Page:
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1.11: Sources

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    This chapter relies on The Cambridge History of Ancient China: From the Origins of Civilization to 221 BC, edited by Michael Loewe and Edward L. Shaughnessy, and on work by David Keightley, including The Ancestral Landscape: Time, Space and Community in Late Shang China, ca. 1200-1045 BC; Sources of Shang History; and Working for His Majesty.

    1 Kim Byung-Joon, “Lelang Commandery and Han China’s Commandery-Based Rule,” in The Han Commanderies in Early Korean History, edited by Mark Byington, p. 250

    2 Alvin P. Cohen, “The Origin of the Yellow Emperor Era Chronology,” Asia Major III 25.2 (2012): 1-13, p. 1. Jui-sung Yang, “To Nationalize the Past: The Discourse of ‘5,000-Year-Long” National History in Modern China,” in L’histoire de Chine : usages, interpretations et réinterprétations, edited by Paul Servais (Louvain-la-Neuve, 2020): 149-66, p. 157-58.

    3 Wang Hui, China from Empire to Nation-State, translated by Michael Gibbs Hill (Cambridge, MA: Harvard University Press, 2014), 101, 115.

    4 Hyung Il Pai, Constructing “Korean” Origins: a critical review of archaeology, historiography, and racial myth in Korean state-formation theories (Cambridge, MA: Harvard University Asia Center, 2000), p. 122.

    5 Joseph M. Kitagawa, “The Japanese ‘Kokutai’ (National Community) History and Myth,” History of Religions 13.3(1974): 209-226, p. 214


    7 Kwang-Chih Chang, “China on the Eve of the Historical Period,” 59.

    8 Matthias Mertens, “Did Richthofen Really Coin ‘the Silk Road’?

    9 Robert N. Spengler III, Fruit from the Sands: The Silk Road Origins of the Foods We Eat. 10 Lander and Brunson, “Wild Mammals of Ancient North China,” 299.

    10 Lander and Brunson, “Wild Mammals of Ancient North China,” 299.

    11 Nicola di Cosmo, Ancient China and Its Enemies, chapter 1.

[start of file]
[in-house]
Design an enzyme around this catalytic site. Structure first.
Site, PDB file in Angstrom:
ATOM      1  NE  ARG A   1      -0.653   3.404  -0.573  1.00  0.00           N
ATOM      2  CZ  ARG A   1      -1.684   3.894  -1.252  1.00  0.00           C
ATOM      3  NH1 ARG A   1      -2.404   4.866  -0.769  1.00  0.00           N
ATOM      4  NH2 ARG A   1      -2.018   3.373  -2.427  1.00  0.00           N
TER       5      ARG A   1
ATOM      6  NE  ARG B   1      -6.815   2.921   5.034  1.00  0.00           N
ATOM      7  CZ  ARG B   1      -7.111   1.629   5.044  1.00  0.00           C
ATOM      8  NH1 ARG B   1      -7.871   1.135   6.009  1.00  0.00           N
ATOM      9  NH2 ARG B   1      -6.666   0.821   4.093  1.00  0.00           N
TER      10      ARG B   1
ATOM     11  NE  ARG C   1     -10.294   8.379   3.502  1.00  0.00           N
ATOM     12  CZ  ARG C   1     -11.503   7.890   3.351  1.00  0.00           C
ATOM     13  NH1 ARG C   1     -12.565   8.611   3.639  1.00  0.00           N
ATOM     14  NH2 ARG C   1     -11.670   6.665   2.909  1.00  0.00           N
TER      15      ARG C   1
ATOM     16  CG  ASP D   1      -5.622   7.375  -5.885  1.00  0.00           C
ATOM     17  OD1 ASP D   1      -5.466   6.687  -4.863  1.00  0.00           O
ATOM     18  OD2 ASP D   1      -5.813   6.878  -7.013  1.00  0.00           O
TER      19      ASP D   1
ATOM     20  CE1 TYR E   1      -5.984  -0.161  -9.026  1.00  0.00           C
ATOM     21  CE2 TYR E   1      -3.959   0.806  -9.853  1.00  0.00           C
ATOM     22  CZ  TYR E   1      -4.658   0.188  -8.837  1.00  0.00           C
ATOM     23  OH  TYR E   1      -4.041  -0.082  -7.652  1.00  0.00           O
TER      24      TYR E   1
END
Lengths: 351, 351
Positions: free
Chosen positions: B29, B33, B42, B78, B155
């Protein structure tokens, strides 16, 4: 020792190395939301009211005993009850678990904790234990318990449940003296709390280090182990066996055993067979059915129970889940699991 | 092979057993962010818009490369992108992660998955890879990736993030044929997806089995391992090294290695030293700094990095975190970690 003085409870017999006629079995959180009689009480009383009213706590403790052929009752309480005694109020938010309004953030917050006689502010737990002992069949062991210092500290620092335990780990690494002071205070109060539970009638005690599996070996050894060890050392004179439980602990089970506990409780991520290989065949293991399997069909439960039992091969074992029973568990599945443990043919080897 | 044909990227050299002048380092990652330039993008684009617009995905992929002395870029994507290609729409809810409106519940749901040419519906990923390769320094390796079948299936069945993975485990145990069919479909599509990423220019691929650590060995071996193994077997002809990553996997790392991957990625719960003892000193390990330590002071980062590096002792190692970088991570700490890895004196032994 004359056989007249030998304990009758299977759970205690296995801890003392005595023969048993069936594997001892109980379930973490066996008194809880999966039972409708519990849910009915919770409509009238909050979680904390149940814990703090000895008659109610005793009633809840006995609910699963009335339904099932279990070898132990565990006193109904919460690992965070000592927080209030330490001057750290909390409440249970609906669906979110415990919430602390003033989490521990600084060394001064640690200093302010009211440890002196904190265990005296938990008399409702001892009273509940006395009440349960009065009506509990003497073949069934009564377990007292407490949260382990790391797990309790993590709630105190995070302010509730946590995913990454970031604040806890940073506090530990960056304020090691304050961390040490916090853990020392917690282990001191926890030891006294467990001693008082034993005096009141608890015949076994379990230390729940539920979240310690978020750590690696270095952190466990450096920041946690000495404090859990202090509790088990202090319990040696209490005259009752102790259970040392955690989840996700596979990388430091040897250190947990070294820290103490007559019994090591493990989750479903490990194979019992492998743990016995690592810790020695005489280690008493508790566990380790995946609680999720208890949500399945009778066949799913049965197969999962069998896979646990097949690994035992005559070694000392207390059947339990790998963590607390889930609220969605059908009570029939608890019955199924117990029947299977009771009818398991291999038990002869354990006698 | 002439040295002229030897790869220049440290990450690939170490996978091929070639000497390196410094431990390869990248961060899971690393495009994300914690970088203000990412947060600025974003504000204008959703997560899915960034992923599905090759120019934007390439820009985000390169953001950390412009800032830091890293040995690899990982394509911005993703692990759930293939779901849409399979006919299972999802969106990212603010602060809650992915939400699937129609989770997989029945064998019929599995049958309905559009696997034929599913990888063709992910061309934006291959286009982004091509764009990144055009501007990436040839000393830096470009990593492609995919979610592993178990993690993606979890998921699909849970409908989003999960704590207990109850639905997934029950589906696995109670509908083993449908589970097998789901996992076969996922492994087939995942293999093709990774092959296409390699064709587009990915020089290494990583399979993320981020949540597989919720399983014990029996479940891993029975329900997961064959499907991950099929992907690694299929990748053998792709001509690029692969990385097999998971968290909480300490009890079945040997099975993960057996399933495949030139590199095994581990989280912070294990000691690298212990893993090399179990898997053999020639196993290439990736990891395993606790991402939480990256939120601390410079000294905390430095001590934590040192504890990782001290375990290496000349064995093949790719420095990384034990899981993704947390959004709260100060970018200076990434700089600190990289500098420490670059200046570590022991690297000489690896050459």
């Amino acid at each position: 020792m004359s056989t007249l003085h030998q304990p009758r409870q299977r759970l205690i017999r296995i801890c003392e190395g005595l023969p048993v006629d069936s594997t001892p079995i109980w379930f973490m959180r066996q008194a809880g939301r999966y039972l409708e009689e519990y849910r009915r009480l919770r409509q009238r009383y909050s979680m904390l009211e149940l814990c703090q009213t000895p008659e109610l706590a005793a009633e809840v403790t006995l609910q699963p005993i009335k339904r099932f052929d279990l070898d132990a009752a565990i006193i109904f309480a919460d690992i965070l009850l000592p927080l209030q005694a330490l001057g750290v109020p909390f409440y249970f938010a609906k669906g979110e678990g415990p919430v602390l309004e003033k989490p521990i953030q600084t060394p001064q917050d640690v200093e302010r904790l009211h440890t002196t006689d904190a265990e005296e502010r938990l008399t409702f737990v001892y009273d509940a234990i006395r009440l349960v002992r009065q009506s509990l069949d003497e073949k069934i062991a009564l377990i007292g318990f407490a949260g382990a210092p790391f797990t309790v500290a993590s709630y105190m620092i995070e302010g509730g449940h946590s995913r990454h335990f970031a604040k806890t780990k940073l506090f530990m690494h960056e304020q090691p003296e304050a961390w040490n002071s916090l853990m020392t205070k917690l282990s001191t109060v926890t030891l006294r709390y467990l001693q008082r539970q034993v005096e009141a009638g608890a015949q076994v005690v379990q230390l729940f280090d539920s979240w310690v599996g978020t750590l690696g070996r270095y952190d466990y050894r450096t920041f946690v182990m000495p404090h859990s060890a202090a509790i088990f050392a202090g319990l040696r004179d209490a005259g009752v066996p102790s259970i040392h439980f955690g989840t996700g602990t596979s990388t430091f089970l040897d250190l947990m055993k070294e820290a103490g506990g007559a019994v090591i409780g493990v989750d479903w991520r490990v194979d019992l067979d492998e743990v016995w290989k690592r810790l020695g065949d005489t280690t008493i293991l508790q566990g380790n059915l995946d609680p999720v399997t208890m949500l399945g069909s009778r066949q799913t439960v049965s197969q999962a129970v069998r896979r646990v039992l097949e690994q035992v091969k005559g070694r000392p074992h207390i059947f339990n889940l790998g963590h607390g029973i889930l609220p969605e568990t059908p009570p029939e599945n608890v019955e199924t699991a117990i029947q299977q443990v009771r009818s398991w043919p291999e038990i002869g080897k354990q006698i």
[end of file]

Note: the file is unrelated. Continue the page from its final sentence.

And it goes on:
12 Barnes, The Rise of Civilization in East Asia, 20. Li Feng, Early China, 90.

    13 Li Feng, Early China, 49 and 50 box. This is the Bin Gong Xu 豳公盨. In 2018-19, the Zeng royal cemetery in Hubei, with several tens of tombs, 3 horse pits and 4 chariot pits, yielded over 1,000 bronze vessels with six thousand characters of inscriptions, including references to Yu and the Xia dynasty as well as many Zhou period events.

    14 Brown, Pastimes, chapter 5.

    15 Von Glahn, The Economic History of China, 47, citing Li Feng.

    16 Li Feng, Early China, 83.

    17 Flad, “Divination and Power.”

    18 Li Feng, Early China, 109.

    19 Li Feng, Early China, 96-98. For a complete collection and translation of the prince’s bones, see Adam C. Schwartz, The Huayuanzhuang East Oracle Bone Inscriptions: A Study and Complete Translation (Berlin, Boston: De Gruyter Mouton, 2019).

    20 Hsu Ya-hwei, Ancient Chinese Writing: Oracle Bone Inscriptions from the Ruins of Yin, 45.

    21 Eno, “Was There a High God ti in Shang Religion?”

    This page titled 1.11: Sources is shared under a CC BY-NC 4.0 license and was authored, remixed, and/or curated by Sarah Schneewind (eScholarship) via source content that was edited to the style and standards of the LibreTexts platform; a detailed edit history is available upon request.

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